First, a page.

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BOB MOON: It’s decision time on legislation that would allow U.S. companies to sell nuclear fuel and equipment to energy-hungry India. House and Senate negotiators plan to unveil the reconciled versions of the Indian nuclear bill today. The House is scheduled to vote on the bill tomorrow and hopes to finalize a law before Congress adjourns for the year. But, as Miranda Kennedy reports, the Indian government has been threatening not to accept the final version.
MIRANDA KENNEDY: U.S. officials and lobbyists have been busy persuading India to accept the final version of a bill which would allow U.S. companies to share civilian nuclear fuel and technology.
But India is concerned the law will force it to support the U.S. if it confronts Iran over its nuclear program.
India is also worried the bill will place restrictions on its plutonium program, which can be used to make both bombs and energy. Worried enough that India’s prime minister called Senate Majority Leader Bill Frist last night.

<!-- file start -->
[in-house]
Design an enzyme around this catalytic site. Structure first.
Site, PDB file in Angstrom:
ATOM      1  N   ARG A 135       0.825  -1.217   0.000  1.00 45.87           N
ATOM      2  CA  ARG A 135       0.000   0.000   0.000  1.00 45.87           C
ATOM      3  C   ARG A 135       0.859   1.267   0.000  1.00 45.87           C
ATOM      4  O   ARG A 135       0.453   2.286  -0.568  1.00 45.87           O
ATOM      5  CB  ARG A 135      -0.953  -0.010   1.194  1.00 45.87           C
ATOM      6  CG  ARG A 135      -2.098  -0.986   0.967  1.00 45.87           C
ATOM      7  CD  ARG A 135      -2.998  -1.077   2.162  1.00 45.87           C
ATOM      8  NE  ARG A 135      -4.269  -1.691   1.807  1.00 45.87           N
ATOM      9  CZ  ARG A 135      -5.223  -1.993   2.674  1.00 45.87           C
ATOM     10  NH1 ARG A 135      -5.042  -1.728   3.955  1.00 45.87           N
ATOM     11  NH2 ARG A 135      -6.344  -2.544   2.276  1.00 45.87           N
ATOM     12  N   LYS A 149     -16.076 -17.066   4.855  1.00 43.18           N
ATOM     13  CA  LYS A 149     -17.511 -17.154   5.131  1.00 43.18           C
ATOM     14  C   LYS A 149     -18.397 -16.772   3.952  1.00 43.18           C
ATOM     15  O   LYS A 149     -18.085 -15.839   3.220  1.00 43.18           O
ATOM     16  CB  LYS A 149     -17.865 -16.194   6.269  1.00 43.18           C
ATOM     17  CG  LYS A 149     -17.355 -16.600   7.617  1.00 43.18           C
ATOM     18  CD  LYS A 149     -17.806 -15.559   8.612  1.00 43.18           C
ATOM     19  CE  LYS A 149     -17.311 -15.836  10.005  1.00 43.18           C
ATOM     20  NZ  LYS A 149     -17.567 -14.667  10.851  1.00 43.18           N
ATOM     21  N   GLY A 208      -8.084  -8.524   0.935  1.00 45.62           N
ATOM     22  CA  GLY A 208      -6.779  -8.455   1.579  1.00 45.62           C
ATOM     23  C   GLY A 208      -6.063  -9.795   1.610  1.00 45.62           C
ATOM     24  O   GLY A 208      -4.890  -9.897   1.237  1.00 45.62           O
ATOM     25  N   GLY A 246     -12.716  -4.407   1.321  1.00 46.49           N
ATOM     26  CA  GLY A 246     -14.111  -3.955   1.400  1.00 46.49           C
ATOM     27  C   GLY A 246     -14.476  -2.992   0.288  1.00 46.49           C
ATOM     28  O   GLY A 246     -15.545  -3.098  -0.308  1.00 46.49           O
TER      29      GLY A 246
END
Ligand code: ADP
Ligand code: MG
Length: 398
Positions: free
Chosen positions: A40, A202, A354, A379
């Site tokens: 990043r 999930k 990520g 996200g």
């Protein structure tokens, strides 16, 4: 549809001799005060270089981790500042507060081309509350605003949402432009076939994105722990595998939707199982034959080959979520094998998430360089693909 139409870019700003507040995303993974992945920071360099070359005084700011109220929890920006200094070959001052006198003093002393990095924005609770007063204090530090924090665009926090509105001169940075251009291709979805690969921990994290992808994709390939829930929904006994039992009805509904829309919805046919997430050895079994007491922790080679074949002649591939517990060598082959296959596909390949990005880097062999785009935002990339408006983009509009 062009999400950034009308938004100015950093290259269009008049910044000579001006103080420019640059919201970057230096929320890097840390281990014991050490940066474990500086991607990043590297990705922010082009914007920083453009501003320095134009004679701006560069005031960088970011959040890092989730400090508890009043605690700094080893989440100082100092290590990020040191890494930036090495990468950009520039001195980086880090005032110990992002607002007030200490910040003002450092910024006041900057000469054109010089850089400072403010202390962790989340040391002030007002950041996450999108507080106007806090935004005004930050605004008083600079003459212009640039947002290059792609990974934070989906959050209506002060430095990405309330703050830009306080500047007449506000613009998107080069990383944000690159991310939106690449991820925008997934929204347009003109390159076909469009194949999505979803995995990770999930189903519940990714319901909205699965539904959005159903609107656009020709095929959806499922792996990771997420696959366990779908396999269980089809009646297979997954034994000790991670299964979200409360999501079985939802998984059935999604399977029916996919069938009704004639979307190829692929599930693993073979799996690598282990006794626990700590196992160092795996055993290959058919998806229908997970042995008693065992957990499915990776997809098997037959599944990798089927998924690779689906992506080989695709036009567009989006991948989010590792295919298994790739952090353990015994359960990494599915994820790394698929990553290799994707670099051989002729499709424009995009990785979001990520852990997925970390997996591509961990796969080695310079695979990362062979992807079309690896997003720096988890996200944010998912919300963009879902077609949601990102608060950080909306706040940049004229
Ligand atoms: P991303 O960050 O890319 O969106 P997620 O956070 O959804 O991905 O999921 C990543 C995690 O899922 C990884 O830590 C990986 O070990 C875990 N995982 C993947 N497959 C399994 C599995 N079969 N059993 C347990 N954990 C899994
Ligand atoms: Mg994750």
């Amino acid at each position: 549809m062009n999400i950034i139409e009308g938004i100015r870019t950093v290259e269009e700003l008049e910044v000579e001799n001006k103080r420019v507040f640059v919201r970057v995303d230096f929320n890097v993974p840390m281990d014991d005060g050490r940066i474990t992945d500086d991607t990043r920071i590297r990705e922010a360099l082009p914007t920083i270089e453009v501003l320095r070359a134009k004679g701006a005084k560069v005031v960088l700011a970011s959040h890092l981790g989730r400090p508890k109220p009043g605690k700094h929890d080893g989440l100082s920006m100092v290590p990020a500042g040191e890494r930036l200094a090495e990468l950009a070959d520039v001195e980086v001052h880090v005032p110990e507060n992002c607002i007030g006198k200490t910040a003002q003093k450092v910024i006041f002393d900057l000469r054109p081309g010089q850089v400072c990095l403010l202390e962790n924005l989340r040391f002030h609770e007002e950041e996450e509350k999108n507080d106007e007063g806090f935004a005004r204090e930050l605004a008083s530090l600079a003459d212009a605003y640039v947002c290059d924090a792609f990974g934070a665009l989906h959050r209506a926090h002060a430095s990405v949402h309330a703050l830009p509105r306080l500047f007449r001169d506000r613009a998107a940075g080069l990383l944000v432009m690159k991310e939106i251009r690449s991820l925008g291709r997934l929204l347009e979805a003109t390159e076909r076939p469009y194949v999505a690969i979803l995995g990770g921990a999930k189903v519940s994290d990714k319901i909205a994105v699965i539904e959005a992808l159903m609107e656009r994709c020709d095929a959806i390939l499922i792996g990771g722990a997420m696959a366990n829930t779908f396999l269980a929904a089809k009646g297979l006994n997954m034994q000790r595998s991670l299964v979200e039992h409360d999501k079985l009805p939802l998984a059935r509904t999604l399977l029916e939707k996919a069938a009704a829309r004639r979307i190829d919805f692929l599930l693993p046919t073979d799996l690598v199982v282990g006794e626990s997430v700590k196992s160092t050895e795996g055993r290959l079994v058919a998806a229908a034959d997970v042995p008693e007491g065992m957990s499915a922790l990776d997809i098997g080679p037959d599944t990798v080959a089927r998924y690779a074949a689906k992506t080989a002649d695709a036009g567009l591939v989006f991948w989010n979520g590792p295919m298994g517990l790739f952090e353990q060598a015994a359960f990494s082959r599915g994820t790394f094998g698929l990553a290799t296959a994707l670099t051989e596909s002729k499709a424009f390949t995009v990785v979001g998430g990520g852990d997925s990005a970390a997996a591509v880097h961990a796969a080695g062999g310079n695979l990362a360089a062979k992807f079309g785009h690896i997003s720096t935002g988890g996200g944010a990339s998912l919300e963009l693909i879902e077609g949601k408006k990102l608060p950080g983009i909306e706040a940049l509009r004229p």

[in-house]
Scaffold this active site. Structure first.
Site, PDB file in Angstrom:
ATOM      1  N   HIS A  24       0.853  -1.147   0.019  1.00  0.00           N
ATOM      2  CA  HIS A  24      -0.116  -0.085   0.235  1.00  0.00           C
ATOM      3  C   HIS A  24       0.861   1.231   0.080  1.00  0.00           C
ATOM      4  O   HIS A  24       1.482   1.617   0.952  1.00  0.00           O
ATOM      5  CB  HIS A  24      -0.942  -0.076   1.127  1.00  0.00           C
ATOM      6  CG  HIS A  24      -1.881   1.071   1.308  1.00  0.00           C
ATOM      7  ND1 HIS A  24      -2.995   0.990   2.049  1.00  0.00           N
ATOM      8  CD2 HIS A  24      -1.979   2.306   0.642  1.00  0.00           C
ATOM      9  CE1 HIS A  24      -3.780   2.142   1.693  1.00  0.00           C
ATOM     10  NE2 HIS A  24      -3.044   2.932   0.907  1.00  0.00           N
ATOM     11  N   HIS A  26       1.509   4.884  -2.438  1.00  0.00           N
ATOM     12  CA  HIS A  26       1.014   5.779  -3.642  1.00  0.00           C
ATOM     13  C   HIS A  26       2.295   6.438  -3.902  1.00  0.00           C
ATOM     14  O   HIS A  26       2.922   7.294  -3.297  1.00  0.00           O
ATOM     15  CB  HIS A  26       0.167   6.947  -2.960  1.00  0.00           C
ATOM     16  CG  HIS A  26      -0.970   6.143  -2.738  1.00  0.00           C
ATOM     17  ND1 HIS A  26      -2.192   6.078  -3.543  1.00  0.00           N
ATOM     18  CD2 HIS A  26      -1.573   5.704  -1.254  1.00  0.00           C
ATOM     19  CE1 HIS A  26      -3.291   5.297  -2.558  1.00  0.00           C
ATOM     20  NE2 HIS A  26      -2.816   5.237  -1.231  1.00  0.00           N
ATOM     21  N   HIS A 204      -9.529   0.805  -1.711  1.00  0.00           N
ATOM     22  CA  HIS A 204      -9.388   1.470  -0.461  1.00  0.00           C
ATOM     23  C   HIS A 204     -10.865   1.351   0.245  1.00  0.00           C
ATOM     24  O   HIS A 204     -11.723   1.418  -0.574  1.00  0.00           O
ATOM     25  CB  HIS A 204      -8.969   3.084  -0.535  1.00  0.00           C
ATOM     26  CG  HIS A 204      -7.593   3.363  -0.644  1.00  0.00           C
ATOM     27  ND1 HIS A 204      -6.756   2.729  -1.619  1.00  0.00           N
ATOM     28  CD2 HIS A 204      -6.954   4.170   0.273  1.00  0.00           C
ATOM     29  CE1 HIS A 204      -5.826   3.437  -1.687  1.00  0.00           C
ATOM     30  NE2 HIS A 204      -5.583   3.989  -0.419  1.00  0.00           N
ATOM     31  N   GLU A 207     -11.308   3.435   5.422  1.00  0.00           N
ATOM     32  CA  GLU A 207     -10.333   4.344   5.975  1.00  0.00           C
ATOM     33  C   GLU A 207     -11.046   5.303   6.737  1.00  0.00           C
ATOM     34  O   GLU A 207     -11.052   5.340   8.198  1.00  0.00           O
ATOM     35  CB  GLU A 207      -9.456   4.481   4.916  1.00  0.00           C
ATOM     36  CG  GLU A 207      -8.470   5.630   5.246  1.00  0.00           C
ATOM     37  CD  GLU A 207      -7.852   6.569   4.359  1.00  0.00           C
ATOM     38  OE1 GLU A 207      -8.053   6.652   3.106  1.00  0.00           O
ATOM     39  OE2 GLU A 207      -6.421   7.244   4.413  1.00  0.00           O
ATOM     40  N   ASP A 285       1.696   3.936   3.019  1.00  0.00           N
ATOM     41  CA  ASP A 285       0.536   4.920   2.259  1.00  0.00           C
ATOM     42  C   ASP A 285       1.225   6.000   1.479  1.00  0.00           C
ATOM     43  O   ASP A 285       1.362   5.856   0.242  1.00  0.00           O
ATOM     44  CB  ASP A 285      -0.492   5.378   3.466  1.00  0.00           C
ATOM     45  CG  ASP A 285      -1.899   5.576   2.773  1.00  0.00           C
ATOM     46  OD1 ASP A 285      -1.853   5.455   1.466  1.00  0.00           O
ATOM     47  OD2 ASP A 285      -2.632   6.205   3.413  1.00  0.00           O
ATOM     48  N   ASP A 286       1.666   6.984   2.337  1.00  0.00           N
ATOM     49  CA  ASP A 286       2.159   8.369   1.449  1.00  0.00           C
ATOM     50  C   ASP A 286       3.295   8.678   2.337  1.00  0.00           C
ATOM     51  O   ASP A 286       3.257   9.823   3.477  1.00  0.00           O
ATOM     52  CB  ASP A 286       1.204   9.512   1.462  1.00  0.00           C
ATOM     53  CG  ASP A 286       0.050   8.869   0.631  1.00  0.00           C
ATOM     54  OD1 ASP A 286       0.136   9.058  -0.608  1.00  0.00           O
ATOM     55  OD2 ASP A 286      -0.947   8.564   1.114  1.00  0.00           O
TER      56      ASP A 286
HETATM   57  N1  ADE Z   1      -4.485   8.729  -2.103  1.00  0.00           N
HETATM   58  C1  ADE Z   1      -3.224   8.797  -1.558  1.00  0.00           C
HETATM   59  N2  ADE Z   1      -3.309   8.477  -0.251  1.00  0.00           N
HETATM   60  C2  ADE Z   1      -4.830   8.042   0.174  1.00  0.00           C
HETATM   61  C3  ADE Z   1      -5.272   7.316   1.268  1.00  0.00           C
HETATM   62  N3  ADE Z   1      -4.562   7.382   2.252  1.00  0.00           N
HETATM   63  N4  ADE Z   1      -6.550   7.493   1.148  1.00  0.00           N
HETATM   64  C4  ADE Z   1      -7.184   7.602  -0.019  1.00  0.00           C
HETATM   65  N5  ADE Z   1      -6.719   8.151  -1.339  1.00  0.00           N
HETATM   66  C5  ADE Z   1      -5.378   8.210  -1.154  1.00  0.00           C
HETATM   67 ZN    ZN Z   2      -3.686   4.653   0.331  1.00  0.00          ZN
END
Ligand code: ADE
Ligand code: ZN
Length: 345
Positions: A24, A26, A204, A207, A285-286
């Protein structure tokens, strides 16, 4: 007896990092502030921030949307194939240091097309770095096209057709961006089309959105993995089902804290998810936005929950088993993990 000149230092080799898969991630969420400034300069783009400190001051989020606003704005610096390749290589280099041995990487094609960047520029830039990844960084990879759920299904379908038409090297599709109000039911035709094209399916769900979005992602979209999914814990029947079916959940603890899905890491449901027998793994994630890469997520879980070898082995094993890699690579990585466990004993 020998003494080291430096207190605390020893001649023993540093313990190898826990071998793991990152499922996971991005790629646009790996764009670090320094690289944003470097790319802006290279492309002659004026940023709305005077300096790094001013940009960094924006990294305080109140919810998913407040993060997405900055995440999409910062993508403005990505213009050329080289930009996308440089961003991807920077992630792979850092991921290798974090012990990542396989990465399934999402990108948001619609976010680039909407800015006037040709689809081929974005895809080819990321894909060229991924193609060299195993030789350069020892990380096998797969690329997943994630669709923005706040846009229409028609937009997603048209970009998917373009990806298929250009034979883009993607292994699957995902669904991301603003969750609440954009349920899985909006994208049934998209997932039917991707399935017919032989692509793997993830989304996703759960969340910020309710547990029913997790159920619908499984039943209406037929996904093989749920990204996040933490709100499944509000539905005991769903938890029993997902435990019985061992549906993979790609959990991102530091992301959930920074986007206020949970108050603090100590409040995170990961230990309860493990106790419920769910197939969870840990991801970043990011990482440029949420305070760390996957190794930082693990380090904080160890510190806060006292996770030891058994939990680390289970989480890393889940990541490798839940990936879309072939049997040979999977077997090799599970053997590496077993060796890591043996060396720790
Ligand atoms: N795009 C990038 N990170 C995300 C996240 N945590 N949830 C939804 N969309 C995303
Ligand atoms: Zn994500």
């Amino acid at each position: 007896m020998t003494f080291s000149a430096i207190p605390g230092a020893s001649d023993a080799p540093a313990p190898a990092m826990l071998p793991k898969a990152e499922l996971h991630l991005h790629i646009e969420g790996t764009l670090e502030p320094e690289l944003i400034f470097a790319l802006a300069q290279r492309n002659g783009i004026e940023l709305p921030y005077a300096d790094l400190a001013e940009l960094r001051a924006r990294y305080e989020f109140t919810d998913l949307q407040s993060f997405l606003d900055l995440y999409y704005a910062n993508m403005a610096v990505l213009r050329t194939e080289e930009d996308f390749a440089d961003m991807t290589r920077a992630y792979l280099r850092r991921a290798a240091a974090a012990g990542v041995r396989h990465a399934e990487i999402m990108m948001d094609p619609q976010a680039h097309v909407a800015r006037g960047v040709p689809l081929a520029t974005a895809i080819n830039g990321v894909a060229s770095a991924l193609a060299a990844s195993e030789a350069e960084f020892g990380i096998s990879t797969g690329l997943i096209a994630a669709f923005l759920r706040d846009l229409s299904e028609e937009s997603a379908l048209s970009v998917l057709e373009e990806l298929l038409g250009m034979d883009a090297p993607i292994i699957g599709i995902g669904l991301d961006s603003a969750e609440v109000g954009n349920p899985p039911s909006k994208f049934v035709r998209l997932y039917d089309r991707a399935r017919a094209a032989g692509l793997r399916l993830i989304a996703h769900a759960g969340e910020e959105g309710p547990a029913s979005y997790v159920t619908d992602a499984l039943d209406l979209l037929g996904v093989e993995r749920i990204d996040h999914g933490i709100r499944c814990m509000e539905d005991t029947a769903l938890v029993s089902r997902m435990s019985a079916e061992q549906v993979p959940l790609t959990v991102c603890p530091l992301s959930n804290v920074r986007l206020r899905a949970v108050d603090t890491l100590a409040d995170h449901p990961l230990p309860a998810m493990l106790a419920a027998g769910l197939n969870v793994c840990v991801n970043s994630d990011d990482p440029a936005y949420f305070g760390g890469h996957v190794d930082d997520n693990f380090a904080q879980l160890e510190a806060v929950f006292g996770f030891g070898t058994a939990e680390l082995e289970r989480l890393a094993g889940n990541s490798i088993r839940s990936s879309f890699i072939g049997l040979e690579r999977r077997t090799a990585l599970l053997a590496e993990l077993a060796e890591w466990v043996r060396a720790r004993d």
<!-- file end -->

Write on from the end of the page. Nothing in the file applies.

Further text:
Ron Somers is the lead U.S. lobbyist for the Indian nuclear agreement.
RON SOMERS: It would clearly have an impact on the opportunity for both Indian industry and for U.S. industry.
Yesterday, high level Indian officials told Somers that U.S. business needs to lobby lawmakers to make the bill acceptable to India. If that doesn’t happen, they told him, the U.S.-India relationship will suffer a blow, and so will U.S. business in India.
In New Delhi, I’m Miranda Kennedy for Marketplace.
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